SBJ/February 28 - March 6, 2005/Forty Under 40

Theo Epstein



Fans gathered above the third-base dugout moments after the final out of the 2004 World Series to chant his name. He received several hundred thousand marriage proposals at the subsequent victory parade. He can’t even leave his house without someone telling him how much the Red Sox triumph meant.

Theo Epstein
• Age: 31
• Titles: Senior vice president and general manager
• Team: Boston Red Sox
• Education: B.A., American studies, Yale University, 1995; J.D., University of San Diego Law School, 1999
• Family: Single
• Career: Intern, Baltimore Orioles, summers of 1992, 1993 and 1994; media relations work, San Diego Padres, 1995-1997; baseball operations assistant, San Diego Padres, 1997-1999; director of baseball operations, San Diego Padres, 2000-2001; senior vice president and general manager, Boston Red Sox, 2002-present
• Last vacation: Puerto Rico
• Last book read: "The Plot Against America" by Philip Roth
• Last movie seen: "Fahrenheit 9/11"
• Greatest disappointment: Game 7 of the 2003 American League Championship Series
• Fantasy job: Lead guitar player in the right kind of rock 'n' roll band
• Business advice: When things aren't going well, adhere even more diligently to your organizational vision or philosophy.
General managers aren’t supposed to be this famous, even in Boston, where anybody associated with the Red Sox achieves instant celebrity status. But Theo Epstein is a guitar-playing, backwards-baseball-cap-wearing, 31-year-old who led his favorite team where it had not been in nearly a century. So try as he might to deflect attention and credit, Epstein cannot escape the recognition that comes with fulfilling several generations of fans’ dreams at the dawn of his career.

“There are 14 million people in New England, and if you say ‘Theo,’ at least 13.5 million know who you’re talking about,” said Sam Kennedy, Red Sox vice president of sales and corporate partnerships and a friend of Epstein’s since high school. “He has no privacy. He is equal to a rock star in this region.”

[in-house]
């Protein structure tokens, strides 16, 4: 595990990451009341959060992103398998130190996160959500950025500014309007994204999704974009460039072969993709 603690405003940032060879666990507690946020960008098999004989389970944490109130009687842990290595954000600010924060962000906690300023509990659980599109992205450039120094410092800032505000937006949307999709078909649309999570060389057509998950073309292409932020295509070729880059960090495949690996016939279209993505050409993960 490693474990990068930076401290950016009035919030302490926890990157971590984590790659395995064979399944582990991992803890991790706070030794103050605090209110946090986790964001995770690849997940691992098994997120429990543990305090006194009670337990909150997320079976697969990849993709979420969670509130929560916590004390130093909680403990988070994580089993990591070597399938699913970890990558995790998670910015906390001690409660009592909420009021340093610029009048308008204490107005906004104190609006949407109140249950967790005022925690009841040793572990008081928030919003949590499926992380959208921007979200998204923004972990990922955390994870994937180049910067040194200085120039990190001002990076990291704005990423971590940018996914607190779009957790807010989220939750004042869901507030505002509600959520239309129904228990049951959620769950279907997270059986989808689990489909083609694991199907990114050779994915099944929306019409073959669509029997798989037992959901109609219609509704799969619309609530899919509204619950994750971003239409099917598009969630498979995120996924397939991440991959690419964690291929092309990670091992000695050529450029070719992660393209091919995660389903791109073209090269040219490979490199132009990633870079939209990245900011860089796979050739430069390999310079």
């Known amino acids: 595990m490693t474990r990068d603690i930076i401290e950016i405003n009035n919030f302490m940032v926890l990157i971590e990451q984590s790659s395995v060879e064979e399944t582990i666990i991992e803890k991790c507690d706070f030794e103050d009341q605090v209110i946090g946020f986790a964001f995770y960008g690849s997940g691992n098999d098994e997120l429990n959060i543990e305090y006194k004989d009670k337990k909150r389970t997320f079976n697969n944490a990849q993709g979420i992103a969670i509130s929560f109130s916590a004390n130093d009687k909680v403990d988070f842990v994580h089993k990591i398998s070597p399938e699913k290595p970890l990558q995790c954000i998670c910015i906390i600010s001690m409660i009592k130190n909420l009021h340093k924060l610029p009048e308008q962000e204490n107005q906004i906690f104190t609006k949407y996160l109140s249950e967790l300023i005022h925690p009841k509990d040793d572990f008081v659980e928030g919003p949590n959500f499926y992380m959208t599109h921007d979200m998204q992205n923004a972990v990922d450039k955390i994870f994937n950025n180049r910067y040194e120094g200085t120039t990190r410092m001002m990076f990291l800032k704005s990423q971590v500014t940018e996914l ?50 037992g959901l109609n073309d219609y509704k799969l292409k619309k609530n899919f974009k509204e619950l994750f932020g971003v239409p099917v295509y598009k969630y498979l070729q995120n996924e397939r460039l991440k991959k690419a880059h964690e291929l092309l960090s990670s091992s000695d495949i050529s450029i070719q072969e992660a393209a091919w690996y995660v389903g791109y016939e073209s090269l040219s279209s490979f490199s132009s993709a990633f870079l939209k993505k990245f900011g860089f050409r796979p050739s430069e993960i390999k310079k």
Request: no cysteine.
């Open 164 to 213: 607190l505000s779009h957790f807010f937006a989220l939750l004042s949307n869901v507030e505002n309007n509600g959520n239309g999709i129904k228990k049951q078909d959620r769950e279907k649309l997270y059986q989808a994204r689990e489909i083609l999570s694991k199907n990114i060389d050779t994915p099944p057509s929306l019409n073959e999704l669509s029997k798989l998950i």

There is no shortage of early signs of greatness in Epstein, from the upper 1400s he scored on his SAT to the acclaim earned in college as sports editor of the Yale Daily News. He made his first mark on Major League Baseball as an intern with the Baltimore Orioles in 1992, when Orioles executives had to come up with a celebration to honor the Negro Leagues, something few in the organization knew much about. So they passed the task to Epstein, whose project would become the focal point of the 1993 All-Star Game at Camden Yards.

“About 48 hours later, Theo walks in with a 14-page white paper that would have done Ken Burns proud,” said Bob Aylward, the Orioles’ former vice president of business affairs and now executive vice president of business affairs for the Seattle Mariners. “It was at that point I realized this kid was something special.”

Epstein, after graduating from Yale in 1995, followed former Orioles President Larry Lucchino to San Diego, where he ultimately rose from Padres media relations intern to general manager Kevin Towers’ chief lieutenant in baseball operations.

Epstein said Towers taught him “how to scout, how to lead, how to treat people and how to trust one’s instincts,” while Lucchino, the Padres’ former president who hired Epstein as Red Sox general manager after Lucchino joined John Henry’s ownership group in 2001, showed Epstein “what the major league work ethic was all about.”

Epstein’s hiring, which made him the youngest general manager in MLB history, further polarized a baseball world in which the old guard has not exactly embraced a new crop of Ivy League-educated general managers with no playing experience. Epstein has ignored the stereotypes and created perhaps the most philosophically integrated front office in baseball.

“As long as the baseball world remains polarized, it’s a good thing for us,” Epstein said. “Whatever success we’ve had is probably attributable to the fact that we’re open-minded and use both schools of baseball evaluation to make our decisions.”

He need only step outside to know that it’s working.

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